While the structural, computational and spectroscopic data discussed so far lead to a consistent picture, they rely on a rather speculative assignment of the spectroscopic parameters. Therefore, these were supported with AOM model calculations. While ligand field parameters are not strictly transferable, it has been shown that the calculation of electronic transition energies with a constant set of ligand field parameters, adjusted to differences in metal-donor distances by 1/r6, leads to reasonably accurate predictions, in particular for copper(II) systems [17]. Parameters for Cu–Namine and Cu–OH2 were used before in similar studies [17–21], those for Cu–NMepy and Cu–Cl were adapted from published spectroscopic studies [22,23]; for the structures with X = NO3 Cu–O parameters of OH2 were adapted to 1.3 the value for H2O (note that this might underestimate the π-interactions), those for Cu–NCCH3 were extrapolated from the parameters of amines and water, assuming that acetonitrile is a π-acceptor, and fitted to the electronic spectrum. While fine-tuning of all the parameters on the basis of a larger set of spectroscopic and structural data might lead to more accurate predictions [17,21], the main purpose of the present study is to assign the electronic transitions to specific isomeric forms of the copper(II)–bispidine chromophores, and this is possible with the present ad-hoc parameter set (see Table 3). There are also methods to compute the g-tensor parameters with reasonable accuracy [17], but the experimentally determined g-values are not well enough defined in all structures (see above), and their variation is relatively small (see Table 2) and, therefore, this is not pursued here. The structural parameters for the AOM calculations are from the crystallographically determined coordinates, for those of [Cu(L)(OH2)2]2+ (‘second isomer’) the copper and bispidine-donor coordinates were from the experimental structure with X = NO3, and the two OH2 donors were set trans to N3 and N7 with Cu–O = 1.98 and 2.10 Å, respectively. This structural assumption is confirmed by the experimental structural data of [Cu(L)(OH2)]2+ (see above) and by a DFT structure optimization (see below).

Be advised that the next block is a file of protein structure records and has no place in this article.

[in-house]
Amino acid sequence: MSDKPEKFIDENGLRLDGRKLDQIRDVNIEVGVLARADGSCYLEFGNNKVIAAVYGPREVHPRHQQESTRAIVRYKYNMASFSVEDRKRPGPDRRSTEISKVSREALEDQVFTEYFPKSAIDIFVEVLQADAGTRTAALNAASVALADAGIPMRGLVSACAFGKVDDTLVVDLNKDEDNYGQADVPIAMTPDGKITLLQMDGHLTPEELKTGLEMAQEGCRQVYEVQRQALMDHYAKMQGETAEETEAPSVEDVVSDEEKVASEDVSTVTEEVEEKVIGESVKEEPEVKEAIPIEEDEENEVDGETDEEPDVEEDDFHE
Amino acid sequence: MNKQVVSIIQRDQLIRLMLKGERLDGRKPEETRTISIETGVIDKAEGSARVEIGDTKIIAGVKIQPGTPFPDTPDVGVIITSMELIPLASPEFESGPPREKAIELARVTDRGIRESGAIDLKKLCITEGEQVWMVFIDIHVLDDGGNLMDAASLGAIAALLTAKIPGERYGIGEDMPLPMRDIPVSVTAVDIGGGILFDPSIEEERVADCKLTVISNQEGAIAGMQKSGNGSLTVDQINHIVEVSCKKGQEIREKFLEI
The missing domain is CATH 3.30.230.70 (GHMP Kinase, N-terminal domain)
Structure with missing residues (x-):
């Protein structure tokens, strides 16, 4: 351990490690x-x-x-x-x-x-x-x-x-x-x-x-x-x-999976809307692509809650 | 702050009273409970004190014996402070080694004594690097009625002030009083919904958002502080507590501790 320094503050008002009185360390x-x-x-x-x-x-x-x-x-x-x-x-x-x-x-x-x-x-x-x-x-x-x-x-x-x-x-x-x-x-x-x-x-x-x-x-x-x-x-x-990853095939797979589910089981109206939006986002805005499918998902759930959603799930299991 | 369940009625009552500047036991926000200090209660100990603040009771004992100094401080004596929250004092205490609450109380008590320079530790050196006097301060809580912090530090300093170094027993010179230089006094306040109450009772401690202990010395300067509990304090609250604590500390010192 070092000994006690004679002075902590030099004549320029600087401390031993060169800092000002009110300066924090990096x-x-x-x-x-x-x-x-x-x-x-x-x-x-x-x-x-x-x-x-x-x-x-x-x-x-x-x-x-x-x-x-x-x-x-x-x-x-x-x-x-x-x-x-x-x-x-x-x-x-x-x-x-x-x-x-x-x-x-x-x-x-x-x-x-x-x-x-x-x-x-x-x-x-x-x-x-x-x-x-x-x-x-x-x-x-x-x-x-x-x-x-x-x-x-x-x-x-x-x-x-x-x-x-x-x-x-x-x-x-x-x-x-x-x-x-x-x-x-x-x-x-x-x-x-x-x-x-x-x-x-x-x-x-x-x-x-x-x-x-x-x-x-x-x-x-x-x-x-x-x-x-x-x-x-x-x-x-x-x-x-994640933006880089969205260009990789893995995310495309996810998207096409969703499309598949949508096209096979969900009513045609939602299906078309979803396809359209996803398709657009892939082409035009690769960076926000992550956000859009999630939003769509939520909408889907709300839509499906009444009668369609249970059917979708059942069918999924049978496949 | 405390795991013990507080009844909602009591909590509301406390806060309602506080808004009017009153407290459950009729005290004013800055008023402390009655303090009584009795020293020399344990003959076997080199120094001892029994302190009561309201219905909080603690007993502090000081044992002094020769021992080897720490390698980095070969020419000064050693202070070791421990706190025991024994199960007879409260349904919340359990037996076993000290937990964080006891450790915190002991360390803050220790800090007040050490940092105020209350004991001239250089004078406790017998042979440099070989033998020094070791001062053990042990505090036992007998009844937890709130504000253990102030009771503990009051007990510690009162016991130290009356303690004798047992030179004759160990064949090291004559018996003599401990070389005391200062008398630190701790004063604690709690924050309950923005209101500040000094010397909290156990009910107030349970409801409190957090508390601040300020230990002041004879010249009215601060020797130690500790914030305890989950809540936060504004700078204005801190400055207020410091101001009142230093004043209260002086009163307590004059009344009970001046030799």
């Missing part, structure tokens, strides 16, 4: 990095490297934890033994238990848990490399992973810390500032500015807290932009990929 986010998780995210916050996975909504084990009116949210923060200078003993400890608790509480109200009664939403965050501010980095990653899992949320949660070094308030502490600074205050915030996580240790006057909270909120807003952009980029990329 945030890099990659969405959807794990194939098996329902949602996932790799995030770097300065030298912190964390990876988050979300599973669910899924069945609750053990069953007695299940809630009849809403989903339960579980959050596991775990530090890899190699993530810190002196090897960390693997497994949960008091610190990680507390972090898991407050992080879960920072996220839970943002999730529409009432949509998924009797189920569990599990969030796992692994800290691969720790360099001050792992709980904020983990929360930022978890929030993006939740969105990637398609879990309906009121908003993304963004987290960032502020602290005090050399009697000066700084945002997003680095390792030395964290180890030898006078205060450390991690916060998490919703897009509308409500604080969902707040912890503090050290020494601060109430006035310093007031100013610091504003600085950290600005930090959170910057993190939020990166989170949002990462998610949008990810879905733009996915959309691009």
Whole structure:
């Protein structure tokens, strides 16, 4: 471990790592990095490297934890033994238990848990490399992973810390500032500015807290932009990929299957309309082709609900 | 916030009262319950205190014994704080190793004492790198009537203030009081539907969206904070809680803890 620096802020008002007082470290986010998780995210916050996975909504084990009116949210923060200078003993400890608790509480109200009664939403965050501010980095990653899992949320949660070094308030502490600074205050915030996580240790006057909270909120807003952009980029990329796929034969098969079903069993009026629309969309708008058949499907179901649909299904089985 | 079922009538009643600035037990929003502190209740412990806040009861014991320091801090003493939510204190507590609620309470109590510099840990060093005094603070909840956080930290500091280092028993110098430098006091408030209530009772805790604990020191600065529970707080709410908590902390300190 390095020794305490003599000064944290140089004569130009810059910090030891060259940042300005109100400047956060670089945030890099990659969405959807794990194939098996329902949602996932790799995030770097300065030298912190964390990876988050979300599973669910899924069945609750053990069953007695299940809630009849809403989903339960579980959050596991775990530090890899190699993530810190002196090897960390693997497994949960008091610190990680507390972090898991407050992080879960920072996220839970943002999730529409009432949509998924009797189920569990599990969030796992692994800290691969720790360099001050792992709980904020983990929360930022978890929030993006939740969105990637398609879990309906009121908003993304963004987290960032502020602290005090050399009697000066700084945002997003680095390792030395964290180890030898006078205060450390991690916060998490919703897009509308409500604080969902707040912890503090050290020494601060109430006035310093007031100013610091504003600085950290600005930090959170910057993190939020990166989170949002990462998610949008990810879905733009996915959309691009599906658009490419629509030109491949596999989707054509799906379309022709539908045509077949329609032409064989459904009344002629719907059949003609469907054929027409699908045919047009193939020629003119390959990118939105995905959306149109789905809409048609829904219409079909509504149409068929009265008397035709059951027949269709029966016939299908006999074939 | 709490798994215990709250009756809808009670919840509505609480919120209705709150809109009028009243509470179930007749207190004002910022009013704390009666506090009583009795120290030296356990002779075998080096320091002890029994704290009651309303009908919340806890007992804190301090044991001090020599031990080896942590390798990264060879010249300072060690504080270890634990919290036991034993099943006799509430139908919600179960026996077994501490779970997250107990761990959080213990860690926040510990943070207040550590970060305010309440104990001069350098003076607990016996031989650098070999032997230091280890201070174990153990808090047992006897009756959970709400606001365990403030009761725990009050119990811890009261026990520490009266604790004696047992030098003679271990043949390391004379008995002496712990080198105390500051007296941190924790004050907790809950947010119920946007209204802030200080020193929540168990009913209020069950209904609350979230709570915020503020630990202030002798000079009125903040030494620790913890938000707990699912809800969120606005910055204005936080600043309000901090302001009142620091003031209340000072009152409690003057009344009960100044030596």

Table 3

Calculated electronic spectra (experimental data in brackets) of [Cu(L)(NCCH3)]2+, [Cu(L)(Cl)]+, [Cu(L)(OH2)]2+ and [Cu(L)(NO3)]+

Electronic transition (cm–1)
[Cu(L)(NCCH3)]2+16 500 (16 300)15 000 13 600(14 300)10 400 (10 000)